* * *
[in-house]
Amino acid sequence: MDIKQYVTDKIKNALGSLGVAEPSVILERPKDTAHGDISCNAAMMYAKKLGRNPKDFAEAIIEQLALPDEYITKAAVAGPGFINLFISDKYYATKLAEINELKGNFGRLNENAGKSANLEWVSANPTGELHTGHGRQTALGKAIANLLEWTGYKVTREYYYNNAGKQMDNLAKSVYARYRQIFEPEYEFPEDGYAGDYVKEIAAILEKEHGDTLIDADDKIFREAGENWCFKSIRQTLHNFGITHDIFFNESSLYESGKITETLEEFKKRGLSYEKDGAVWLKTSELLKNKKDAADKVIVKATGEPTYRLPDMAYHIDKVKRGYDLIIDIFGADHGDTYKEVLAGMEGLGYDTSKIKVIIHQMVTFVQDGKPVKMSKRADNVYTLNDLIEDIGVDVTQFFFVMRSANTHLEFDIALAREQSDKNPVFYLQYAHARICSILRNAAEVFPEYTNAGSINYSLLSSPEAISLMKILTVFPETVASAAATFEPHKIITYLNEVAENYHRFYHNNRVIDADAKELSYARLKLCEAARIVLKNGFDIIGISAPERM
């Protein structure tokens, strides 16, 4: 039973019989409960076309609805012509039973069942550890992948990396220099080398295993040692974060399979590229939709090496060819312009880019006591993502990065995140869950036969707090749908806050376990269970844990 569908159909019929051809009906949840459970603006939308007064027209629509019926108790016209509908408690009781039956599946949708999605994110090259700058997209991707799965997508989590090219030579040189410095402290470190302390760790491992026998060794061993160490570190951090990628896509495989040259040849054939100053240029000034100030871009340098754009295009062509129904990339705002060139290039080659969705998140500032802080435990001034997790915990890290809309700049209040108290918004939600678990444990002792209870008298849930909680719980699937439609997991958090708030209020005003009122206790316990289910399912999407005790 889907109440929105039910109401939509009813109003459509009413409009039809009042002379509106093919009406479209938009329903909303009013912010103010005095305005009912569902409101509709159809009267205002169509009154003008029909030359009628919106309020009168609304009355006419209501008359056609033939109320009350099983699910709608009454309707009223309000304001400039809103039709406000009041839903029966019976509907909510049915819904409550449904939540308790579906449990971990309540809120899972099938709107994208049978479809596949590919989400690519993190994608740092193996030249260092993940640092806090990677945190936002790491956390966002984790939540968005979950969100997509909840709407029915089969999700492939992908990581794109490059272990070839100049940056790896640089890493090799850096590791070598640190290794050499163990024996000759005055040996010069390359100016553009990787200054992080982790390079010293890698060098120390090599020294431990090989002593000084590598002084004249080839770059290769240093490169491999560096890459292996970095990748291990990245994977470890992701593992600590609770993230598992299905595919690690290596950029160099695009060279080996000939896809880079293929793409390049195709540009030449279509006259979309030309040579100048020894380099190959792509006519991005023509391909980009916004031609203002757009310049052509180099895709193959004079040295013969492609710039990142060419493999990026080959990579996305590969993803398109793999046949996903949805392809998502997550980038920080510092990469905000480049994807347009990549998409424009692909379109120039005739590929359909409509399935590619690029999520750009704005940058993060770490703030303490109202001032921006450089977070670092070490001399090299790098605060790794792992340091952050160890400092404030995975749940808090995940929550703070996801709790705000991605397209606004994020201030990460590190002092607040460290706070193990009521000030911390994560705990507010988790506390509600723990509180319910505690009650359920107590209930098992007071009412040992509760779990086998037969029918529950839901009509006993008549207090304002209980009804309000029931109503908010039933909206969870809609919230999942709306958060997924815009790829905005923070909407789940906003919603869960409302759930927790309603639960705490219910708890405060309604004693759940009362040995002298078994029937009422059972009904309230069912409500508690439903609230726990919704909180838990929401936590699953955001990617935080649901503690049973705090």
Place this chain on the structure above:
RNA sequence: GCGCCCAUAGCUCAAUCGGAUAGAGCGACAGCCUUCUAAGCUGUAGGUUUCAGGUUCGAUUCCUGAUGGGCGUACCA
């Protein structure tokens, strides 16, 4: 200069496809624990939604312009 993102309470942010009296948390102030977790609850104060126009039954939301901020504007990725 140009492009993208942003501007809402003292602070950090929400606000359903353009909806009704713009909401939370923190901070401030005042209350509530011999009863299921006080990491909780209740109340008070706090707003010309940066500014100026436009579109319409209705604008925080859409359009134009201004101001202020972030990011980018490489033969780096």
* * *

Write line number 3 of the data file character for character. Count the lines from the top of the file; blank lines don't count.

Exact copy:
């Protein structure tokens, strides 16, 4: 039973019989409960076309609805012509039973069942550890992948990396220099080398295993040692974060399979590229939709090496060819312009880019006591993502990065995140869950036969707090749908806050376990269970844990 569908159909019929051809009906949840459970603006939308007064027209629509019926108790016209509908408690009781039956599946949708999605994110090259700058997209991707799965997508989590090219030579040189410095402290470190302390760790491992026998060794061993160490570190951090990628896509495989040259040849054939100053240029000034100030871009340098754009295009062509129904990339705002060139290039080659969705998140500032802080435990001034997790915990890290809309700049209040108290918004939600678990444990002792209870008298849930909680719980699937439609997991958090708030209020005003009122206790316990289910399912999407005790 889907109440929105039910109401939509009813109003459509009413409009039809009042002379509106093919009406479209938009329903909303009013912010103010005095305005009912569902409101509709159809009267205002169509009154003008029909030359009628919106309020009168609304009355006419209501008359056609033939109320009350099983699910709608009454309707009223309000304001400039809103039709406000009041839903029966019976509907909510049915819904409550449904939540308790579906449990971990309540809120899972099938709107994208049978479809596949590919989400690519993190994608740092193996030249260092993940640092806090990677945190936002790491956390966002984790939540968005979950969100997509909840709407029915089969999700492939992908990581794109490059272990070839100049940056790896640089890493090799850096590791070598640190290794050499163990024996000759005055040996010069390359100016553009990787200054992080982790390079010293890698060098120390090599020294431990090989002593000084590598002084004249080839770059290769240093490169491999560096890459292996970095990748291990990245994977470890992701593992600590609770993230598992299905595919690690290596950029160099695009060279080996000939896809880079293929793409390049195709540009030449279509006259979309030309040579100048020894380099190959792509006519991005023509391909980009916004031609203002757009310049052509180099895709193959004079040295013969492609710039990142060419493999990026080959990579996305590969993803398109793999046949996903949805392809998502997550980038920080510092990469905000480049994807347009990549998409424009692909379109120039005739590929359909409509399935590619690029999520750009704005940058993060770490703030303490109202001032921006450089977070670092070490001399090299790098605060790794792992340091952050160890400092404030995975749940808090995940929550703070996801709790705000991605397209606004994020201030990460590190002092607040460290706070193990009521000030911390994560705990507010988790506390509600723990509180319910505690009650359920107590209930098992007071009412040992509760779990086998037969029918529950839901009509006993008549207090304002209980009804309000029931109503908010039933909206969870809609919230999942709306958060997924815009790829905005923070909407789940906003919603869960409302759930927790309603639960705490219910708890405060309604004693759940009362040995002298078994029937009422059972009904309230069912409500508690439903609230726990919704909180838990929401936590699953955001990617935080649901503690049973705090």